In responses to a series of questions sent to the school board — responses that were an amalgamation of statements from individual board members assembled and written by board President Sandra Peirce — the school board did not directly address the accusations against Maloy.
Instead, the board’s responses referred to measures taken by the board and the administration to deal with the perception of low teacher morale in some areas.
“We are hopeful that the new high school administrative team, working in tandem with staff, will develop and consistently implement improvements in this area,” Peirce wrote in her responses. “It is our expectation that the new high school administration will develop a productive professional relationship with the leadership team and the teaching staff as a basis for continuing this work.”
Regarding the TELL survey results, Peirce conceded that it indicates there is trouble at the school in some areas, but expressed the hope that the new administration team at the high school will be able to resolve any lingering difficulties.
Aside from the letters written by Cassatt, Gregory and Popinchalk, and statements made by them to Aspen Journalism, no teachers have spoken out publicly concerning Maloy’s job performance.
Some teachers have indicated agreement with the complaints but have asked to remain anonymous out of fear of reprisals.
According to Steve Heldt, president of the Aspen Education Association, “The (Aspen Education Association) has been working with building and district-level administrators as well as the board of education to address teacher concerns by implementing action plans to create a more open, honest, collaborative and cooperative professional work environment at Aspen High School. The (Aspen Education Association) is pleased with the progress we have made over the past years and looks forward to continuing our work with the new high school administrators this coming year.”
The new guy
Regardless of the troubled situation he is stepping into, Mulberry feels he is well prepared for whatever comes his way.
Though he recently has worked in an urban school system, he grew up in Lamar a town in the extreme southeastern section of the state, and feels more comfortable in a small-town environment than a big city.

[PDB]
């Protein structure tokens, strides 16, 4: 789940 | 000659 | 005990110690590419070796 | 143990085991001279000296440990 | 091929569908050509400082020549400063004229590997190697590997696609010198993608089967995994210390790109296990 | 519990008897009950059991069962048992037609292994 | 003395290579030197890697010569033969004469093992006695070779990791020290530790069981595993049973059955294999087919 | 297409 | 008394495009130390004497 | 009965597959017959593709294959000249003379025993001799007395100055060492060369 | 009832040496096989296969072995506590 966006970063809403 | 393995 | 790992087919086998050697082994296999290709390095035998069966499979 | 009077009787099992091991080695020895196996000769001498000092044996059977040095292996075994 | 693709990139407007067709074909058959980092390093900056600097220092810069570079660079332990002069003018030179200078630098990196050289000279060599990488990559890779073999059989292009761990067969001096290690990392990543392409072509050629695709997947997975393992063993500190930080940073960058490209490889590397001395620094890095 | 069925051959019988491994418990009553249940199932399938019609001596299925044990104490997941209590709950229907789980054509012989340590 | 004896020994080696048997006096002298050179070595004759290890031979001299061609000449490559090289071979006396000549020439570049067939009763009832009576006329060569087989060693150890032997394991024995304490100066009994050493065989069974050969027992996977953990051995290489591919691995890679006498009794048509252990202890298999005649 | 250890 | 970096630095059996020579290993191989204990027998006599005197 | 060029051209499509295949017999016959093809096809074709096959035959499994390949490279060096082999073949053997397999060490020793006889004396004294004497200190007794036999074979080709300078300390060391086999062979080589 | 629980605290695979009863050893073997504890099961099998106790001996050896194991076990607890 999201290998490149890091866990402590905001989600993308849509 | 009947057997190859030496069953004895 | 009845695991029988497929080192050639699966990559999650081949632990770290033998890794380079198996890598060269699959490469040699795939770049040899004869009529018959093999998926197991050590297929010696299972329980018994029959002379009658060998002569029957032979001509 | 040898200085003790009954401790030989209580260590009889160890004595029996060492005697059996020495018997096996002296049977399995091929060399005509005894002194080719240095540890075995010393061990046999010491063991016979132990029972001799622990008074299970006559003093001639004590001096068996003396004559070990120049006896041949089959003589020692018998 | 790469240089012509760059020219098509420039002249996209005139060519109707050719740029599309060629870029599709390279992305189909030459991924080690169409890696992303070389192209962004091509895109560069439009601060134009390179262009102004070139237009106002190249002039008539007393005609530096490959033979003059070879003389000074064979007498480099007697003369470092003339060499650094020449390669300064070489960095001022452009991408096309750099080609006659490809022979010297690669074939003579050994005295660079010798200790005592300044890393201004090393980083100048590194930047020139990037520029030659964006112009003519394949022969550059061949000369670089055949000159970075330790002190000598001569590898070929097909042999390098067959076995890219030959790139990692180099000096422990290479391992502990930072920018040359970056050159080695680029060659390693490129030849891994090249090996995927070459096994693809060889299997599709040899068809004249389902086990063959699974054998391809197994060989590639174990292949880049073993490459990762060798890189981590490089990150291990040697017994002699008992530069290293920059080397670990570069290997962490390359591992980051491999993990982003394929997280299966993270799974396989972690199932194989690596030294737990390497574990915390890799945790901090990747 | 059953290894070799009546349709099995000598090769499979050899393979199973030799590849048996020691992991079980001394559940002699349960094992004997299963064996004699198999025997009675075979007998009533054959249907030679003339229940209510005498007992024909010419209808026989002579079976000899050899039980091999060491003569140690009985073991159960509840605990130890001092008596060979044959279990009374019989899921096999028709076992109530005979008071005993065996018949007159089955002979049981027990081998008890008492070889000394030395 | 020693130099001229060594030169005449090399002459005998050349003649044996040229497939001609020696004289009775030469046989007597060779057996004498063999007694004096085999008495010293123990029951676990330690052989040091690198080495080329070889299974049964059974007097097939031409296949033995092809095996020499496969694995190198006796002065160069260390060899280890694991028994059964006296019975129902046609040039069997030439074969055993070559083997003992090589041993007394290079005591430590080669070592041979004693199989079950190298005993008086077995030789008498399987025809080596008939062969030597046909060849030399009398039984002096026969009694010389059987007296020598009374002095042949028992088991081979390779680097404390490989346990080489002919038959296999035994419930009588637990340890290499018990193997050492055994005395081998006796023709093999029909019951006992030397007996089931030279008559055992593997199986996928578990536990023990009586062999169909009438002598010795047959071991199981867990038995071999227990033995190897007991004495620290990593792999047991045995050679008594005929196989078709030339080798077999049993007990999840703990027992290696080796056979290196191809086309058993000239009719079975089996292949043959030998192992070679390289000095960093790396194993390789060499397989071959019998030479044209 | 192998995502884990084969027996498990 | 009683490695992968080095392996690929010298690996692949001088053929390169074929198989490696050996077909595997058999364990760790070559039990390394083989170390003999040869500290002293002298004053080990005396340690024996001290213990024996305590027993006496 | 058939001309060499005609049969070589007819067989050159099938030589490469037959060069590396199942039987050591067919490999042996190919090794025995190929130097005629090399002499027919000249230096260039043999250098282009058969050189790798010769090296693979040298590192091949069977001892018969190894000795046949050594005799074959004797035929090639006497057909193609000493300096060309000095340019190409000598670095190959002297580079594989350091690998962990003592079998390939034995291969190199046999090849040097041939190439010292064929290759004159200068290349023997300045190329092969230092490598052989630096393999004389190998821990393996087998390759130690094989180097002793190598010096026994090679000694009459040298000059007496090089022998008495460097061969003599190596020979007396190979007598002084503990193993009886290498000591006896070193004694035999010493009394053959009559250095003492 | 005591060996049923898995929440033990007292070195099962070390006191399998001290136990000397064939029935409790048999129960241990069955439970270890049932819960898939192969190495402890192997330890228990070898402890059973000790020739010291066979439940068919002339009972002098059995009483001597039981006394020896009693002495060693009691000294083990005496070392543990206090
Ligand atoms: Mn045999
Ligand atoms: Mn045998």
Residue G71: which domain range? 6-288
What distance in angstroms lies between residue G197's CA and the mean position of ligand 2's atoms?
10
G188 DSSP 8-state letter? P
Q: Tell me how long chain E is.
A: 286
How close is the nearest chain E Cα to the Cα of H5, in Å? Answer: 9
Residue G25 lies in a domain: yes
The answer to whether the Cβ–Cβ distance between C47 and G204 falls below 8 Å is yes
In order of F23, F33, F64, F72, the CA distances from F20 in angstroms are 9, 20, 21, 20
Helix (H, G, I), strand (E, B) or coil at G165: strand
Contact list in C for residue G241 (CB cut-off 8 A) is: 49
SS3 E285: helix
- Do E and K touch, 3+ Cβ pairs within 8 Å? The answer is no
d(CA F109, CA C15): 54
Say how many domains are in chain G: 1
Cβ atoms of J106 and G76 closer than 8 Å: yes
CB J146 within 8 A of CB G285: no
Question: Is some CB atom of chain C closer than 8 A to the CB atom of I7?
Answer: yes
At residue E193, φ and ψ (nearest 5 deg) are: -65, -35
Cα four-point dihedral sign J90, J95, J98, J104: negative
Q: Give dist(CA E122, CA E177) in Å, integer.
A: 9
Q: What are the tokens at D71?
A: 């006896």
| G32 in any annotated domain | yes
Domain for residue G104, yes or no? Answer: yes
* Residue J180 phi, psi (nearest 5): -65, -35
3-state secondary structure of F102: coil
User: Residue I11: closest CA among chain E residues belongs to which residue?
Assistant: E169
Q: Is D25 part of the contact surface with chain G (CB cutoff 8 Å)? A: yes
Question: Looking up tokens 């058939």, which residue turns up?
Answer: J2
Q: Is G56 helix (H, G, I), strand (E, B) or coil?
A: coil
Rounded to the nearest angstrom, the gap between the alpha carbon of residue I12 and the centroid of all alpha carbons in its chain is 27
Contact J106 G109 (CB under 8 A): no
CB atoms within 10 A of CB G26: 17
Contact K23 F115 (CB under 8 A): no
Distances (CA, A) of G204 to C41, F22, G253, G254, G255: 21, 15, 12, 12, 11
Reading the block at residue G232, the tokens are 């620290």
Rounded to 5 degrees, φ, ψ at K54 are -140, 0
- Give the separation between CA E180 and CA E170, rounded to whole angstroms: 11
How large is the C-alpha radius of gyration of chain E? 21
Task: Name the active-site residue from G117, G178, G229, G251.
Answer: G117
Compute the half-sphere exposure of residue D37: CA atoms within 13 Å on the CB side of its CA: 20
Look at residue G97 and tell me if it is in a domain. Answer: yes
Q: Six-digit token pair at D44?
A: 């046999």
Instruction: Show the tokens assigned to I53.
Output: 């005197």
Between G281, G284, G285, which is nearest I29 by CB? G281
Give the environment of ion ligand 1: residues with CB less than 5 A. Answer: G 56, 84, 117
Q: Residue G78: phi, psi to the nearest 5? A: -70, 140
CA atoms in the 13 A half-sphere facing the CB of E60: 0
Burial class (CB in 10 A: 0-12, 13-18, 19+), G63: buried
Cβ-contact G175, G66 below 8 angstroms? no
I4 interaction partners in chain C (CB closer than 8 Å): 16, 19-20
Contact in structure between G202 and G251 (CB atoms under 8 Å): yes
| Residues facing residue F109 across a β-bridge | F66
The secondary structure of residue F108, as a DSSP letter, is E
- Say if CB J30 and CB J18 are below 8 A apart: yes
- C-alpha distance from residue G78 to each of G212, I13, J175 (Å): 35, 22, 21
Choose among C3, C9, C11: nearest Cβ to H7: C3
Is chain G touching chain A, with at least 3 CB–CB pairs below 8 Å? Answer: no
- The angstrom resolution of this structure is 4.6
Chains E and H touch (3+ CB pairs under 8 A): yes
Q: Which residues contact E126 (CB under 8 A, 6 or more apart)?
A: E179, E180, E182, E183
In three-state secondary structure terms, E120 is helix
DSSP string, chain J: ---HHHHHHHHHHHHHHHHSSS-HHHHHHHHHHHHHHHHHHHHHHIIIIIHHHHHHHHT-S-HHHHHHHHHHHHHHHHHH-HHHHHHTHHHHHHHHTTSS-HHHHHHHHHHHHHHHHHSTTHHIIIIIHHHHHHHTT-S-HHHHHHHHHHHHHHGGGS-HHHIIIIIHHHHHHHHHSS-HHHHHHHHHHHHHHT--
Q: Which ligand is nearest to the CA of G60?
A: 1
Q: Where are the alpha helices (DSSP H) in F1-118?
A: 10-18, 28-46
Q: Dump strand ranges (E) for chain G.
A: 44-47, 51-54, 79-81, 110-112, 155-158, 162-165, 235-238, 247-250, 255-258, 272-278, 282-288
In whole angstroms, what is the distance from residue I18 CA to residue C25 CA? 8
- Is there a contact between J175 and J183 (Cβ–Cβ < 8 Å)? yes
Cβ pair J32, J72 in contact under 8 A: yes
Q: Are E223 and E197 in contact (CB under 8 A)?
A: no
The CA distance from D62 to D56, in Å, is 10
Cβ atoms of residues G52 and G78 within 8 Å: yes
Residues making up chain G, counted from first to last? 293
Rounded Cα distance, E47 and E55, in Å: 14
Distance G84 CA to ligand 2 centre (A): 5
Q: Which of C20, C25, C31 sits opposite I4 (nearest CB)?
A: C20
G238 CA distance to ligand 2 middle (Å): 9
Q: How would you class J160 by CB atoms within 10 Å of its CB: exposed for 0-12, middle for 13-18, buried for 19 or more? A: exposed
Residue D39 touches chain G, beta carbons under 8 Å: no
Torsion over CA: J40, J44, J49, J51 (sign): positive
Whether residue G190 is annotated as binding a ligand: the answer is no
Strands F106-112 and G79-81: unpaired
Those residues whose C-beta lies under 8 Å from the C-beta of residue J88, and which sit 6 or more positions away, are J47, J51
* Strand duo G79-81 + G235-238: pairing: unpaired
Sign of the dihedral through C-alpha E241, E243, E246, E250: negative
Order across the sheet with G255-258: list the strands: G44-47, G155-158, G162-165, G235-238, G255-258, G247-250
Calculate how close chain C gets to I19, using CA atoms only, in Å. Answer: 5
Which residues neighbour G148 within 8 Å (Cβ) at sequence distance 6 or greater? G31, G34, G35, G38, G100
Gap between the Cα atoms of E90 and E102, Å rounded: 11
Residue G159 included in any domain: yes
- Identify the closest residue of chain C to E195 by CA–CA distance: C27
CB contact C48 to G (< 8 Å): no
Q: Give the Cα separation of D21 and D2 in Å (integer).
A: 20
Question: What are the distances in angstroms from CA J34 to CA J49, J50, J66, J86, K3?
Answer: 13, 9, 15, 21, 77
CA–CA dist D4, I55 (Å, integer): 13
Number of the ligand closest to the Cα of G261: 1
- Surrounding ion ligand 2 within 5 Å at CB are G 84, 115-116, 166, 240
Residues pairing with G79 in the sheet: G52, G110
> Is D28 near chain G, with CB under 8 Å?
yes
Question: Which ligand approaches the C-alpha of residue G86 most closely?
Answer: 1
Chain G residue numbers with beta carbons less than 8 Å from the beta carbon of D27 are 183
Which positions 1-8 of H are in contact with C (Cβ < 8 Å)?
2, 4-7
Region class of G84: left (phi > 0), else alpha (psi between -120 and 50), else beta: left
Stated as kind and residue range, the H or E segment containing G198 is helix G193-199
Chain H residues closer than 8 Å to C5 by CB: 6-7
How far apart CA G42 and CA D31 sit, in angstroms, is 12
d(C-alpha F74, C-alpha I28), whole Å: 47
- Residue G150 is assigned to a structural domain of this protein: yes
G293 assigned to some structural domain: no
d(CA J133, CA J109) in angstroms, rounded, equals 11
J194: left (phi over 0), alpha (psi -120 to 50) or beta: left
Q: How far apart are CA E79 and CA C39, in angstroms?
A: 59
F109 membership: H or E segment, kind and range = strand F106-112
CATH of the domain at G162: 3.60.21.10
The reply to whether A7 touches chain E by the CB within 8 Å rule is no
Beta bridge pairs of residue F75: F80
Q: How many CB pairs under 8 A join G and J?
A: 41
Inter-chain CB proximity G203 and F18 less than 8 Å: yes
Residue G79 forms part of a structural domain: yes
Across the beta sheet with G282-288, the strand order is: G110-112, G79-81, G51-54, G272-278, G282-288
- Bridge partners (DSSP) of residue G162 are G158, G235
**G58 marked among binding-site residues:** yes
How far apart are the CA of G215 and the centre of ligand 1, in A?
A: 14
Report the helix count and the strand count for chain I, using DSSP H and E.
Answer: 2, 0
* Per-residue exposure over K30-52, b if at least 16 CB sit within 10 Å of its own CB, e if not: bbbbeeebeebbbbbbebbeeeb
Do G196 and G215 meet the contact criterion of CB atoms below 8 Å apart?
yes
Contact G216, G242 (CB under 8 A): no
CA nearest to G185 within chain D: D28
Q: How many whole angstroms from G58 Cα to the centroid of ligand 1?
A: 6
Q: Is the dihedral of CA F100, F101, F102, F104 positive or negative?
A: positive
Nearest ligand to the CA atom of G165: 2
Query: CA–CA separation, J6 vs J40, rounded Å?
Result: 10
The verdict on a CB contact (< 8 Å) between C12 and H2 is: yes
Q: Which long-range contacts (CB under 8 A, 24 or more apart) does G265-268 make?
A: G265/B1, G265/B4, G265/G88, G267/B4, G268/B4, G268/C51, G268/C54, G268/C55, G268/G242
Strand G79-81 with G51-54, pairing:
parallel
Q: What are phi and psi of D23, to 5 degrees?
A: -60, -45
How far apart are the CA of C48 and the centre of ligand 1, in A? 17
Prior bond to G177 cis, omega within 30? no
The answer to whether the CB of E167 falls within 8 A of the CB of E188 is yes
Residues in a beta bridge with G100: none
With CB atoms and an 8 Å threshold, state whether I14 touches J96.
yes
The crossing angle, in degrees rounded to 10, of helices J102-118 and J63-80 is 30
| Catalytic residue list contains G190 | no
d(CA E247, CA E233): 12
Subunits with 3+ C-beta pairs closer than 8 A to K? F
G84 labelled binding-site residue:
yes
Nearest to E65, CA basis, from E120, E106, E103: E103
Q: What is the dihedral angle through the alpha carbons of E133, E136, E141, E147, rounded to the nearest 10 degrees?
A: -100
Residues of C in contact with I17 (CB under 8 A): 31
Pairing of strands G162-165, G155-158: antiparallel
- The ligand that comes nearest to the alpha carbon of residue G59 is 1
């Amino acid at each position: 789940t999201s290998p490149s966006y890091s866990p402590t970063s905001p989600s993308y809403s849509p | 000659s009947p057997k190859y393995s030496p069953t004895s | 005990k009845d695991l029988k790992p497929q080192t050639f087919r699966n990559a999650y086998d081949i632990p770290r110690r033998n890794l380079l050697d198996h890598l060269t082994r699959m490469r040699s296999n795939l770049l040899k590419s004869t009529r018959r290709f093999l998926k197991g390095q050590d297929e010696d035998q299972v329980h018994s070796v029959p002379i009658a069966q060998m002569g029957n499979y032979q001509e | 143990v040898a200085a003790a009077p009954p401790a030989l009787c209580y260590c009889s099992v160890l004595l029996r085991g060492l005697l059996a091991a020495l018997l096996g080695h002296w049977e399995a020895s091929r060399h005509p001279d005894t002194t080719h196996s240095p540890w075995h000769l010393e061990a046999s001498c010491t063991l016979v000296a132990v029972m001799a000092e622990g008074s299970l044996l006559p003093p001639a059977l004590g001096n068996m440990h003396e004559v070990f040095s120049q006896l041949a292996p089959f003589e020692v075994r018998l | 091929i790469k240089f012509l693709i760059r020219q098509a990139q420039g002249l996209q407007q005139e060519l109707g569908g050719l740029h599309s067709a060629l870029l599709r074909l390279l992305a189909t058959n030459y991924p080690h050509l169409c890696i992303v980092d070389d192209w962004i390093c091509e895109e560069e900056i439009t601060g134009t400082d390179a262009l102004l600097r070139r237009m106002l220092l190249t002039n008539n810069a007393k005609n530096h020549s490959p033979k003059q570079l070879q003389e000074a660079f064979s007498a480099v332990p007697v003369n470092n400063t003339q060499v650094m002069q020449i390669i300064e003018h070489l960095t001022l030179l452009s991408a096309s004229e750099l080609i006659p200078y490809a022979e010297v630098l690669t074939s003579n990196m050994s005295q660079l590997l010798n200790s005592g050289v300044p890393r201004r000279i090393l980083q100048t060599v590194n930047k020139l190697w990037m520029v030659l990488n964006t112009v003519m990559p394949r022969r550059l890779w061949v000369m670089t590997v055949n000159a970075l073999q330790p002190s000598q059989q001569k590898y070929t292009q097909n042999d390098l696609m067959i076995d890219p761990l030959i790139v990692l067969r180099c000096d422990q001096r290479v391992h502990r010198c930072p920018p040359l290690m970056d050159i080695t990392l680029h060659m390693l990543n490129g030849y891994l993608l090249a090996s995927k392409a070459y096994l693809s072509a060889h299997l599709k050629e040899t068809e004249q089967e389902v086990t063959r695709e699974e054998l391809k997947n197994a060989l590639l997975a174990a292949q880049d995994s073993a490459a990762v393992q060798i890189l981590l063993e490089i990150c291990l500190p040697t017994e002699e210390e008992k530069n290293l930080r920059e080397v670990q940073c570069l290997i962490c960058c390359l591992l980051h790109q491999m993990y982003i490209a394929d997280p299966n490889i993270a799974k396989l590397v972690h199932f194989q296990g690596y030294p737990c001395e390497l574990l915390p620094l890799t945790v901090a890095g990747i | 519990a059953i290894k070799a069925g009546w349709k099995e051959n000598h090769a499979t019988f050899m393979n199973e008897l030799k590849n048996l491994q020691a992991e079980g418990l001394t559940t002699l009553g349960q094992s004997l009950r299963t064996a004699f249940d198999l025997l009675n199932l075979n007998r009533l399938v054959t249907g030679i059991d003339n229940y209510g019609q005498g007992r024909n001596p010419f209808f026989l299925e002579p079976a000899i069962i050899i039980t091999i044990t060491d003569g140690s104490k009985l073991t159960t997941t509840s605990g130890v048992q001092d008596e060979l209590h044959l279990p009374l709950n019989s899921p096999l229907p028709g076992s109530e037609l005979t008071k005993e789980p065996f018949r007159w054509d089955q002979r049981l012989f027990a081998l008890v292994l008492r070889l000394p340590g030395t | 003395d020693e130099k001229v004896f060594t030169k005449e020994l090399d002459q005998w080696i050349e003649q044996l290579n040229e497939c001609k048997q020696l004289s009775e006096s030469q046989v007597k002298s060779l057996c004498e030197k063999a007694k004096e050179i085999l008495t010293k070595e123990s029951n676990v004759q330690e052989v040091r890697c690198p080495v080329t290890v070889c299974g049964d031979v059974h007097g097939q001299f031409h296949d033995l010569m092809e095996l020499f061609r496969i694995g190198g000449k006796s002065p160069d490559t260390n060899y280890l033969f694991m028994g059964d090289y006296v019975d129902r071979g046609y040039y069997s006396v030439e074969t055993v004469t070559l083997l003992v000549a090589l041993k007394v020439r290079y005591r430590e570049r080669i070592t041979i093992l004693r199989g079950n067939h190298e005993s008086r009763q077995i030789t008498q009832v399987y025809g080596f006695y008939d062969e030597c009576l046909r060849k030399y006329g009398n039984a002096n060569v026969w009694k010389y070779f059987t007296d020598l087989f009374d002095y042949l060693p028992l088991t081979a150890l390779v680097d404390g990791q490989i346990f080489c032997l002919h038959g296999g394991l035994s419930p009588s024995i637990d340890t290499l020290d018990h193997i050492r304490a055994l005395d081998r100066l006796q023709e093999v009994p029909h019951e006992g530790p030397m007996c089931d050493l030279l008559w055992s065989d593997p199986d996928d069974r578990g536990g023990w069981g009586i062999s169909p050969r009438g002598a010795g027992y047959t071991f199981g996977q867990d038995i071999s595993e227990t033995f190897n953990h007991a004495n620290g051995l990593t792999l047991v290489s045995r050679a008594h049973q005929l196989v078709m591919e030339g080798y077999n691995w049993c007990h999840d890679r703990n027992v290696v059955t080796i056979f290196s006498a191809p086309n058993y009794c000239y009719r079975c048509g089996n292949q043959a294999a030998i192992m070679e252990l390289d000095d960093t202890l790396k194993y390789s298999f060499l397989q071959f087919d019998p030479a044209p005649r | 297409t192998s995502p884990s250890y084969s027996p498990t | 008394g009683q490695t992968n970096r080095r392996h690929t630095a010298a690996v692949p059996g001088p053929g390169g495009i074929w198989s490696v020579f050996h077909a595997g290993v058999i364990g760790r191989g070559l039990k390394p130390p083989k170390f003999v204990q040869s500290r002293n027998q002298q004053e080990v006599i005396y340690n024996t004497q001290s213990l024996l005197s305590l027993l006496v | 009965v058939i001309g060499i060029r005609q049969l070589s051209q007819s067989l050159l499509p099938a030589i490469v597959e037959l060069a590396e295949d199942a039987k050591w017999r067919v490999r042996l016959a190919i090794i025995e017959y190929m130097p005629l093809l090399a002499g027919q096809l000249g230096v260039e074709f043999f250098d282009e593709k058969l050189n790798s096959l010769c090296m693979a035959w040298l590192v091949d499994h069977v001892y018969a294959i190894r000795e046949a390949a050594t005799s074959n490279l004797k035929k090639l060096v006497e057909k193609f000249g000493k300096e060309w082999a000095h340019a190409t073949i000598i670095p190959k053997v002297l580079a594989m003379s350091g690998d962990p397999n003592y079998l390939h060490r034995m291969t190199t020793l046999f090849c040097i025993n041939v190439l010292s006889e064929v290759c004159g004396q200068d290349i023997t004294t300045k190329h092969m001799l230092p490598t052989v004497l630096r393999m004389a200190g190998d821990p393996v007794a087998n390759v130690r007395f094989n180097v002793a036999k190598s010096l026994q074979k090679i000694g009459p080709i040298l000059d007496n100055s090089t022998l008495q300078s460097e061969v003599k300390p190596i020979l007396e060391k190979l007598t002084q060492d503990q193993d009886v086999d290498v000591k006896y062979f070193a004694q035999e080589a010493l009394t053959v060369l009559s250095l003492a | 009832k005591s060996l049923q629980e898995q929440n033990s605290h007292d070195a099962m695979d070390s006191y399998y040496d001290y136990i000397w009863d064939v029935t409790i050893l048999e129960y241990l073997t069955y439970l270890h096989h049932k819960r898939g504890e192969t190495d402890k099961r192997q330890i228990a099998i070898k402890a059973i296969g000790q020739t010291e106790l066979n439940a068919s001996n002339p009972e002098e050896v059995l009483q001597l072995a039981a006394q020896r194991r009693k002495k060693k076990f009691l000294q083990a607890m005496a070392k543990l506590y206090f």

His parents, he said, were “flower children” of the 1960s, and his family moved around a lot, including a stint as “back-to-the-land” farmers.
After earning his teaching degree at Colorado State University-Pueblo, he said, he took off for about a year and moved to Summit County to be a ski bum, working odd jobs and living a bohemian lifestyle before returning to Pueblo to get a job as a teacher and, ultimately, a school administrator, and to rejoin the woman who would become his wife and mother to his children.
Mulberry said he had already considered applying for the Aspen High School administrator’s position once about six years ago, when it was advertised as open, but since he had only recently begun working as principal at Centennial High School he decided he should stick with it.
When the Aspen High School job came open last spring, Mulberry said, “I jumped at it.”
As a former International Baccalaureate program instructor himself (world history for juniors, history of the Americas for seniors) as well as having had experience with Advanced Placement courses, he was happy to learn that both are present in the Aspen High School curriculum and looks forward to working with teachers in both disciplines.
“I think I’m really good at communicating,” Mulberry said, adding that “one of my goals is clarity in communication,” in his dealings with teachers as well as students and their parents.
“I just think it’s a great opportunity,” he said of the job, calling the Aspen School District “a storied district” known for progressive educational ideas and programs, in particular mentioning the ExEd program, which is something “they aren’t doing anywhere else” that he has worked.
As for his reception so far, he said, “Everybody’s been very welcoming, very forthcoming.”
For instance, he said, soon after he arrived, he walked into his office to find a tabletop sculpture of a thick tree branch with a rainbow trout arched around it and a fly line and fly dangling near the trout’s mouth.
“That’s never happened to me before,” he said, with a tone of wonderment in his voice.
He also had praise for the talented teachers he has met so far, and for “the very involved parents and the talented and engaged students. That’s the excitement I’m getting when I speak to teachers. Most of them, when they talk to me, are excited about where we’re going.”
Editor’s note: Aspen Journalism is collaborating with The Aspen Times on education coverage. The Times published this story on Tuesday, August 12.